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National parks will be crucial for birds in changing climate

National parks play an important role in conservation, preserving delicate ecosystems, and continuing biodiversity.

As climate change worsens with the increase in trapped greenhouse gasses, these protected areas will be even more important to the survival of many bird species.

Researchers from the National Audubon Society wanted to examine how the impacts of climate change would affect local populations of birds in national parks.

In the United States, national parks protect birds from invasive and ecological threats, but little has been known about how climate change would impact local bird populations in protected areas.

The study was published in the journal PLOS ONE.

The researchers gathered data from two major bird population and distribution surveys, the North American Breeding Bird Survey and the Audubon Christmas Bird Count.

Distribution models from these two surveys were then compared with climate data starting with the early 2000s and projected to the years 2041 through 2070 in order to see how climate impacted and would continue to affect population numbers.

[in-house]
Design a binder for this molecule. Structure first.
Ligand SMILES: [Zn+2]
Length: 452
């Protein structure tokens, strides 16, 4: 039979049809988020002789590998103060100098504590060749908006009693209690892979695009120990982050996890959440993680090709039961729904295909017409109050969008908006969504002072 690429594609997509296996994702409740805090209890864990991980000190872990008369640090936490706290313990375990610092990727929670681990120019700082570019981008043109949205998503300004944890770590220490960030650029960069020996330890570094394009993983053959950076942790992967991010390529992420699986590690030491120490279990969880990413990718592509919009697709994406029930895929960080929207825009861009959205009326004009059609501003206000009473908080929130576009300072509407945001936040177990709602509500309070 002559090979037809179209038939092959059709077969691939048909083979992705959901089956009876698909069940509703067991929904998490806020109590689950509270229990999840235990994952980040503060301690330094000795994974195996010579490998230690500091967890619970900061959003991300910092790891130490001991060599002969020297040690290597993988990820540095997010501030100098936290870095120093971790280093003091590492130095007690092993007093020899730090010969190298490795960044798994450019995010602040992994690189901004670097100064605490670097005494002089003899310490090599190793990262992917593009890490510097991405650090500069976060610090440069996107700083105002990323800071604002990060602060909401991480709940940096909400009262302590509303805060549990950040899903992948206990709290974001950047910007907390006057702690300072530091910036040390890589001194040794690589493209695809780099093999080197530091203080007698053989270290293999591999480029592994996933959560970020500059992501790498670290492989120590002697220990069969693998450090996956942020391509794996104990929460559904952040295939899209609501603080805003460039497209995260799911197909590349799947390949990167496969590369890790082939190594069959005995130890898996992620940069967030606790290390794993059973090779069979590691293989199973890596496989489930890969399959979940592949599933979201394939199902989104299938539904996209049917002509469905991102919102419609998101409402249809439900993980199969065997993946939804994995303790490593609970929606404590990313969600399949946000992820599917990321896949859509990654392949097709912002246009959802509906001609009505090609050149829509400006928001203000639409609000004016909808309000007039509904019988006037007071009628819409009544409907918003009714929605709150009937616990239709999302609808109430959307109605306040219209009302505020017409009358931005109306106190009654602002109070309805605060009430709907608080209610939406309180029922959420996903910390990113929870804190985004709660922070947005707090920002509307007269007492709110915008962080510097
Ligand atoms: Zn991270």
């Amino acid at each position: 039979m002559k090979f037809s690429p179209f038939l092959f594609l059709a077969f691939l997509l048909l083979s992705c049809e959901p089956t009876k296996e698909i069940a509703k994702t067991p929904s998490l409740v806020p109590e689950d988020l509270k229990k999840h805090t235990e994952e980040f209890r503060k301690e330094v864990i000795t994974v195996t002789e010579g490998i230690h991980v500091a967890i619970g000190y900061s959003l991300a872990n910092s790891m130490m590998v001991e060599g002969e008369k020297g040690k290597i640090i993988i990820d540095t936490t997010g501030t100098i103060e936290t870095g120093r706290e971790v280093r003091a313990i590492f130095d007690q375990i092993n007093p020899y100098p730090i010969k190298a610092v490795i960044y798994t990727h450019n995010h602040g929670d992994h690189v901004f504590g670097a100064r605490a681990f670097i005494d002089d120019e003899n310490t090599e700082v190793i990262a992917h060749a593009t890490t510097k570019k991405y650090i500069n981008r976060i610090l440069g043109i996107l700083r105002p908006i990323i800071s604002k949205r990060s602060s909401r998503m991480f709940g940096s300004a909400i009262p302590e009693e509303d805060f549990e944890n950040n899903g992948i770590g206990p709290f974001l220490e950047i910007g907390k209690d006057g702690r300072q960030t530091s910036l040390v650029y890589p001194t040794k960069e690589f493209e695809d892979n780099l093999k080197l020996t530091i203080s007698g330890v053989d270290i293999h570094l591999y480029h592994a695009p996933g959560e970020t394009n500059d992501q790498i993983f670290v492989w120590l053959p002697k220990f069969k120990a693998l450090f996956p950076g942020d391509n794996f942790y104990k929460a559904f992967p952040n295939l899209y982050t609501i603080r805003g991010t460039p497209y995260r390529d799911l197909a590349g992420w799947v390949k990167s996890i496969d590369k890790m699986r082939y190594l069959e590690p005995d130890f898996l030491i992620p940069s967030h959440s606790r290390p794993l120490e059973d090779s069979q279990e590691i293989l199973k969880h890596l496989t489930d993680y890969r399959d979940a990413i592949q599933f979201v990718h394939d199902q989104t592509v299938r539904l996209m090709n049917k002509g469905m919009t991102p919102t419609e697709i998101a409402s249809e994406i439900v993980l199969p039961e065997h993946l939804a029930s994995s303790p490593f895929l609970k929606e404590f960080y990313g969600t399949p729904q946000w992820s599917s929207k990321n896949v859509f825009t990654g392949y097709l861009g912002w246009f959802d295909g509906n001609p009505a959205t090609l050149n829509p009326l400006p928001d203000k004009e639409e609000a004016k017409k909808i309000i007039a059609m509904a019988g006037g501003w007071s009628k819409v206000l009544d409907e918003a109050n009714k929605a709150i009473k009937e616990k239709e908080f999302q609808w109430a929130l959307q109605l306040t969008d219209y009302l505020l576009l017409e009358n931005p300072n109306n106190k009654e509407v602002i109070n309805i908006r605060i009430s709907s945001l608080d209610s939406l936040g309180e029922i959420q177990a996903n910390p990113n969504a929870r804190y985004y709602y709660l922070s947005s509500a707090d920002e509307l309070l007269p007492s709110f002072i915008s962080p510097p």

The researchers also modeled several different scenarios depending on high and low levels of greenhouse gas emissions.

These projections were then used to estimate the future of 513 bird species across 274 national parks to see what climate conditions would cause local populations to go extinct, also known as extirpation.

The results of the analysis showed that in the coming years, bird species would be much more likely to colonize 60 percent of the national parks studied rather than experience local extirpation.  

If their projections held true, then the average park would have 29 percent more species in winter and 6 percent more species in summer.

National parks will become a safe haven for birds in the face of climate change, according to the study authors.

“Over the next few decades, the majority of birds currently found across the National Park System are expected to experience changes in climate conditions, which on average may lead to turnover of nearly a quarter of the bird community per park,” said Gregor Schuurman, the co-author on the study. “Despite these changes, parks will become increasingly important as refuges for birds in the future.”

By Kay Vandette, Staff Writer

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